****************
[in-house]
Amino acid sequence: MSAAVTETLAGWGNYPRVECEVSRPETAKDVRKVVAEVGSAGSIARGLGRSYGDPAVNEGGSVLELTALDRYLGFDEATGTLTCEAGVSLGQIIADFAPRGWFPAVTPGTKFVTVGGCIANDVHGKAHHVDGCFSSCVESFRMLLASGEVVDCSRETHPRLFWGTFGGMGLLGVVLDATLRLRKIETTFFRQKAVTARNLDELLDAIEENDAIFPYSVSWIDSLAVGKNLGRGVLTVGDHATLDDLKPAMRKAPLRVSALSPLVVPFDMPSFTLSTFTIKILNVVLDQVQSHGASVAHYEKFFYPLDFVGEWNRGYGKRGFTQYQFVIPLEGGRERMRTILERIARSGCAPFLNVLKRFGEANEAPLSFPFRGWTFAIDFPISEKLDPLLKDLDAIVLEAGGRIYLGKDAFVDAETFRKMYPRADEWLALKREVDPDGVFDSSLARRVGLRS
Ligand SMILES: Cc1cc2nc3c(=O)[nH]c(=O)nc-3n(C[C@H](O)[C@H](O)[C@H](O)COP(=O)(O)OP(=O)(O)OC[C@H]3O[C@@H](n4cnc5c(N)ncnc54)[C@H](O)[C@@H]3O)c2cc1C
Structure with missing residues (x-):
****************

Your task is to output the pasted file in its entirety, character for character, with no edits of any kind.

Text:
[in-house]
Amino acid sequence: MSAAVTETLAGWGNYPRVECEVSRPETAKDVRKVVAEVGSAGSIARGLGRSYGDPAVNEGGSVLELTALDRYLGFDEATGTLTCEAGVSLGQIIADFAPRGWFPAVTPGTKFVTVGGCIANDVHGKAHHVDGCFSSCVESFRMLLASGEVVDCSRETHPRLFWGTFGGMGLLGVVLDATLRLRKIETTFFRQKAVTARNLDELLDAIEENDAIFPYSVSWIDSLAVGKNLGRGVLTVGDHATLDDLKPAMRKAPLRVSALSPLVVPFDMPSFTLSTFTIKILNVVLDQVQSHGASVAHYEKFFYPLDFVGEWNRGYGKRGFTQYQFVIPLEGGRERMRTILERIARSGCAPFLNVLKRFGEANEAPLSFPFRGWTFAIDFPISEKLDPLLKDLDAIVLEAGGRIYLGKDAFVDAETFRKMYPRADEWLALKREVDPDGVFDSSLARRVGLRS
Ligand SMILES: Cc1cc2nc3c(=O)[nH]c(=O)nc-3n(C[C@H](O)[C@H](O)[C@H](O)COP(=O)(O)OP(=O)(O)OC[C@H]3O[C@@H](n4cnc5c(N)ncnc54)[C@H](O)[C@@H]3O)c2cc1C
Structure with missing residues (x-):